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I just kinda guessed the shape for the spacer, but I knew I wanted the head and body to be fat, whereas the middle section could come in a little. I also made it half and half.

I pinned one side to the spacer and sewed them together and repeated on the other side, then I stitched all around to sew the two sides together, leaving a big hole at the bottom – much bigger than needed for stuffing, but I wanted to keep it open to embroider the legs (I could have done that first I suppose, before any sewing had been done, but Im a noob).

When I reversed it right-side-out, it appeared that the shape of the spacer gave it more of a dog face look than a guinea pig. I was NOT going to make a third one, nor was I going to remove all of the stitching, so I kind of reshaped it by adding a seam in the middle of the head portion. It didn’t work too badly – not something I would do again. I would make sure that it was the right shape. But for the learning purposes of it here, it would suffice.

Then I stuffed it full, stitched it up, and began working on a shape for the face coloration. Once I finally got a paper version, I traced it onto the tan felt and cut away. My gramma’s borrowed buttons saved the day again, as I found two beady eyes to place (not exactly as small as I was going for, but really suited the look compared to my other options). I also used the website’s ear pattern, and sewed a tan one to a white one and attached it to the face coloration part.

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Similar to the alpaca’s saddle, I sewed it onto the head. What I somehow didn’t notice was how crooked I pinned it on, but honestly I didn’t think it took too much away from it. I mean I wouldn’t sell this one, its definitely not up to par of the quality I want to churn out. But for my second softie, and my first somewhat hodgepodged pattern, Im pretty happy with the results.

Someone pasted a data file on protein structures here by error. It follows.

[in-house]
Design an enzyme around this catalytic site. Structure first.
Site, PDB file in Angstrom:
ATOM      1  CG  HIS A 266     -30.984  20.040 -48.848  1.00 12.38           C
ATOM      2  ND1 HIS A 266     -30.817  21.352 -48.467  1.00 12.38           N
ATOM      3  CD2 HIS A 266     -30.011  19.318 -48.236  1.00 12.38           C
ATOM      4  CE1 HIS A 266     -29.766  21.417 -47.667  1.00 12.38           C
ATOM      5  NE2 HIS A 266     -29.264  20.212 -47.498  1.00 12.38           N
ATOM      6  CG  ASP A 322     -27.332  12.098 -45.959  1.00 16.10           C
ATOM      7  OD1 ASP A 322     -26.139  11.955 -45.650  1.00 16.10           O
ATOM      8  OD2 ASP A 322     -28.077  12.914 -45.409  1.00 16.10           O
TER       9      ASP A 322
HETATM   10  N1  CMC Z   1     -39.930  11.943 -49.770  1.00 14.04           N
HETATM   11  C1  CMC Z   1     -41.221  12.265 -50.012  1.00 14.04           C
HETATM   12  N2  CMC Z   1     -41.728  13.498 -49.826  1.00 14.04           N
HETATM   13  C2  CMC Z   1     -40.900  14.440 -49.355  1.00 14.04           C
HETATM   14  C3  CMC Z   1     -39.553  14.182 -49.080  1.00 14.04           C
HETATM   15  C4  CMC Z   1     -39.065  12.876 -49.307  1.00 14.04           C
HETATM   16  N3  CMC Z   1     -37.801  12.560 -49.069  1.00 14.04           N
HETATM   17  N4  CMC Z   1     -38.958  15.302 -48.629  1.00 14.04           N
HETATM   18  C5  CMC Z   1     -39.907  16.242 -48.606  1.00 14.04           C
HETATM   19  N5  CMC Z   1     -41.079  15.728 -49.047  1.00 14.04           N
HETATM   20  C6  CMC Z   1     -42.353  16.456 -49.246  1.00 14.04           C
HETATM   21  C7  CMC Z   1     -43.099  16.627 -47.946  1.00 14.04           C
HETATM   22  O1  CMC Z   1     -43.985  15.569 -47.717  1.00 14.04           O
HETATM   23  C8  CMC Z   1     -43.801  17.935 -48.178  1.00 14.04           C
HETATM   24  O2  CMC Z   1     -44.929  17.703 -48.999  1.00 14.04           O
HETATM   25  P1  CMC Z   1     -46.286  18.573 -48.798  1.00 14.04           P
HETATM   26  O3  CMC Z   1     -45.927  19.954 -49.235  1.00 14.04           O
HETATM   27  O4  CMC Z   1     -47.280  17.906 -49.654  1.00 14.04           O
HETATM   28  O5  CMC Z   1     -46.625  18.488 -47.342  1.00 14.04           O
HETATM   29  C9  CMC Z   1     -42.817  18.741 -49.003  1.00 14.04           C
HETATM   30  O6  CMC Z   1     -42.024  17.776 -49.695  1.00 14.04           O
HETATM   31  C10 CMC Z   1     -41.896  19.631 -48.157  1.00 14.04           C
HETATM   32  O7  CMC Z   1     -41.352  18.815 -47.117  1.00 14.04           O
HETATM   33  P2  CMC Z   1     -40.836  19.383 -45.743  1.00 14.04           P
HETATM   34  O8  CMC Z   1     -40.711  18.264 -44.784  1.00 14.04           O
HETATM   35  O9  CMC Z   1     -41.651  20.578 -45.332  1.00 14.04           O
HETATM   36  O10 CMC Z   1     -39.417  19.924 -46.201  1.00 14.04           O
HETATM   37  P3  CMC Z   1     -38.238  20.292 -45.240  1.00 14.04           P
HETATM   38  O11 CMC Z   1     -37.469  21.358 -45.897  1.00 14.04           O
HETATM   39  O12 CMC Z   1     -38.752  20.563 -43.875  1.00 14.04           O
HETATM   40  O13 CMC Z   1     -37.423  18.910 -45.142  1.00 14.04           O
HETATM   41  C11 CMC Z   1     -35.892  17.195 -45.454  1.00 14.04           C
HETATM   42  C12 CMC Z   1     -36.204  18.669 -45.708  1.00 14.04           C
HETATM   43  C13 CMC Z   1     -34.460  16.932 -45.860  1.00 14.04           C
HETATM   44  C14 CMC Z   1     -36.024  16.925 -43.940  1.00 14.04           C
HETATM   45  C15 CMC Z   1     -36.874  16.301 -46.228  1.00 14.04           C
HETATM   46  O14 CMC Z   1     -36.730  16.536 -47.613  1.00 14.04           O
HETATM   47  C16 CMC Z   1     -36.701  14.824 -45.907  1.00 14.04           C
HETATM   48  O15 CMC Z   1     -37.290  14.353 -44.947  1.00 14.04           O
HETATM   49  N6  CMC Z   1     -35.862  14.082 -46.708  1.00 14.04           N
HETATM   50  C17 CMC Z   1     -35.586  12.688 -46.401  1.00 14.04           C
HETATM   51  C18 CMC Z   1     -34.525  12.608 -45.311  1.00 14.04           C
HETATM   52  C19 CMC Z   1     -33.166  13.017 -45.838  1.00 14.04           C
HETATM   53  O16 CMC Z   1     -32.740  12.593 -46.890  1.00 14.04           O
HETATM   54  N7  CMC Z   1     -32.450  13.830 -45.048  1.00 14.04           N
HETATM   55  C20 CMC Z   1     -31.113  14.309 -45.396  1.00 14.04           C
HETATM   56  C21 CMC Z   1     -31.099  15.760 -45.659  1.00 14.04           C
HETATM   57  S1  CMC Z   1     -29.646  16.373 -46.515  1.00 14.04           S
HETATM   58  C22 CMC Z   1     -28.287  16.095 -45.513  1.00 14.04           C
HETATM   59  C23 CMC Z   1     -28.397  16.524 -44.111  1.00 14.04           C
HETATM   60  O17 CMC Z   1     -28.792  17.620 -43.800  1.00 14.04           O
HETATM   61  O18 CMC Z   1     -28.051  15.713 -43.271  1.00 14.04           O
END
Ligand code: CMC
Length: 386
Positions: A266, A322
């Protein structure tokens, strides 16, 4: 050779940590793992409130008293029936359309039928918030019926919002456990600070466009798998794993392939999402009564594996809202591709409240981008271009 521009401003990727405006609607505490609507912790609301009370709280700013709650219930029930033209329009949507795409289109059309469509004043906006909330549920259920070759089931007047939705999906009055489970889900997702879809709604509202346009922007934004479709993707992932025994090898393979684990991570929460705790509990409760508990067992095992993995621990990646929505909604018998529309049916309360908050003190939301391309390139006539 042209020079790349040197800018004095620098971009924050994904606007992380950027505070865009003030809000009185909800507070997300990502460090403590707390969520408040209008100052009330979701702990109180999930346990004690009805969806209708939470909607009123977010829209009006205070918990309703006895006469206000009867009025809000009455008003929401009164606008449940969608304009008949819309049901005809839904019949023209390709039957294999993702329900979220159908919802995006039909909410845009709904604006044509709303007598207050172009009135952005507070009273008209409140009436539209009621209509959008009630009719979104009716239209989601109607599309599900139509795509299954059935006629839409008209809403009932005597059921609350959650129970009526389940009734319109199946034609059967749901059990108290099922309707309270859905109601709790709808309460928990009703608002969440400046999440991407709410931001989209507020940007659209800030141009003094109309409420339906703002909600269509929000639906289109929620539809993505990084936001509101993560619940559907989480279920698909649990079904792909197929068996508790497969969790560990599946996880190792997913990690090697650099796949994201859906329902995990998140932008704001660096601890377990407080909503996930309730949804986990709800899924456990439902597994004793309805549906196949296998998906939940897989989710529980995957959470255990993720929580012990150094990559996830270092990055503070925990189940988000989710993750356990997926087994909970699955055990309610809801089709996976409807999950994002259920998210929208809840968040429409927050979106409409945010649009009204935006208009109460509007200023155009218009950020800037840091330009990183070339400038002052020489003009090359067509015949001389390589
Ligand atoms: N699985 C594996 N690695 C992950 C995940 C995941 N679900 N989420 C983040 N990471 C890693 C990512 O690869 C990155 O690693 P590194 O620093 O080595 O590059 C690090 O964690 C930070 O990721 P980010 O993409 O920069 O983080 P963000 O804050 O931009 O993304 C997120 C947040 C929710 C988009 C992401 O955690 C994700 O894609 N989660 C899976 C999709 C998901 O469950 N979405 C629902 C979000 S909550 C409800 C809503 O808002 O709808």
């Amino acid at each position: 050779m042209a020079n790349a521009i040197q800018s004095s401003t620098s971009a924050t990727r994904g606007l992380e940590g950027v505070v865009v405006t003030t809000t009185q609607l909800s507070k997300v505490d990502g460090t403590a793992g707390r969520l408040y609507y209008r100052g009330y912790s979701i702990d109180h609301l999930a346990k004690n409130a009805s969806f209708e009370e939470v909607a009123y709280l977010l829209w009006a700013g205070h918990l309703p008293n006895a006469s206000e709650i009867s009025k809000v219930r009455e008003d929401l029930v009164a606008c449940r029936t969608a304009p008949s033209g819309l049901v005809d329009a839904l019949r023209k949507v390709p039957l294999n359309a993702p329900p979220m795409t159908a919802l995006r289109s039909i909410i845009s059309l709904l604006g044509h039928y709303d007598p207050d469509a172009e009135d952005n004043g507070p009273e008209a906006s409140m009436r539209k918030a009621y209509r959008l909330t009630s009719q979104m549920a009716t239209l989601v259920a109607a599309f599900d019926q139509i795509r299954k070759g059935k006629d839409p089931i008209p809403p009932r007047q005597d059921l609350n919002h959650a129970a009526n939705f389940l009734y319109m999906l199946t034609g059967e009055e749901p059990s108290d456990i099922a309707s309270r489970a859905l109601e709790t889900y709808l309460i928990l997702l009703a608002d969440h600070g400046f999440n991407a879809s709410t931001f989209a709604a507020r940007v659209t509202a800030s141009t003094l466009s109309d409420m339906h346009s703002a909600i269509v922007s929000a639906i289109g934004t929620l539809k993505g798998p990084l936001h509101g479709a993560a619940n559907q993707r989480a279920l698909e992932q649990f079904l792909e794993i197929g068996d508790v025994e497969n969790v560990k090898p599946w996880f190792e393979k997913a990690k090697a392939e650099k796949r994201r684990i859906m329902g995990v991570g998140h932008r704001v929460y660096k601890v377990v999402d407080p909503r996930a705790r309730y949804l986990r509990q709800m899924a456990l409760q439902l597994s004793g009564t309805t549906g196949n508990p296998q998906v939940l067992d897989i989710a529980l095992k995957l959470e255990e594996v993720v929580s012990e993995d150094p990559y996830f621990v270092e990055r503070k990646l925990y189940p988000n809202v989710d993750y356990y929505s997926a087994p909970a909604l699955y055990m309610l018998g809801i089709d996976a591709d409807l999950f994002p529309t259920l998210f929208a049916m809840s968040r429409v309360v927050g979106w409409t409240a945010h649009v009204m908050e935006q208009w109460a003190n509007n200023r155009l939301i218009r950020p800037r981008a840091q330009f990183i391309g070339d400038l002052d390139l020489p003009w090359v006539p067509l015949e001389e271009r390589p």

I think in this example, having a spacer at the bottom might have been all it needed -not one at the top. This is a pig not meant to be viewed from the front or back (in which it looks a little creepy with only one leg)- this little pig much prefers profiles instead.

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So the guinea pig I made was a hit with my friends. They suggested I added whiskers and maybe a nose. So one day I decided to test it out with just whiskers. Using the same technique with the crochet hook, I pulled the knot into the body, and used white crafting thread to make some whiskers. Then it just looked like it was noseless, so I added a little pink nose, and used pink thread to add the details. I also pulled the eyes together so they didn’t stick out all goofy like. It was okay, but I still was not in love with the way it looked. So when my pseudo nephew Cam went crazy over how it looked just like Bugsy from the new movie Bedtime Story, and he asked if I could make him one, I just gave him that one. He was really happy and told me it meant a lot to him. How sweet!

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Nick the alpaca

I do not actually know how I found the alpaca pattern, but it sure was an exciting find! Shishi Girl has the pattern up for free download. Although I have a ton of projects that I need to be working on, this one flew to the top of the list. It was perfect for my friend’s birthday. I met her during my bioarchaeology field school in Peru in 2007 and not only did we eat alpacas (a taste for me, no more!) but she has one as a pet. (If you are curious, it reminded me of steak flavor but with pork chop texture.)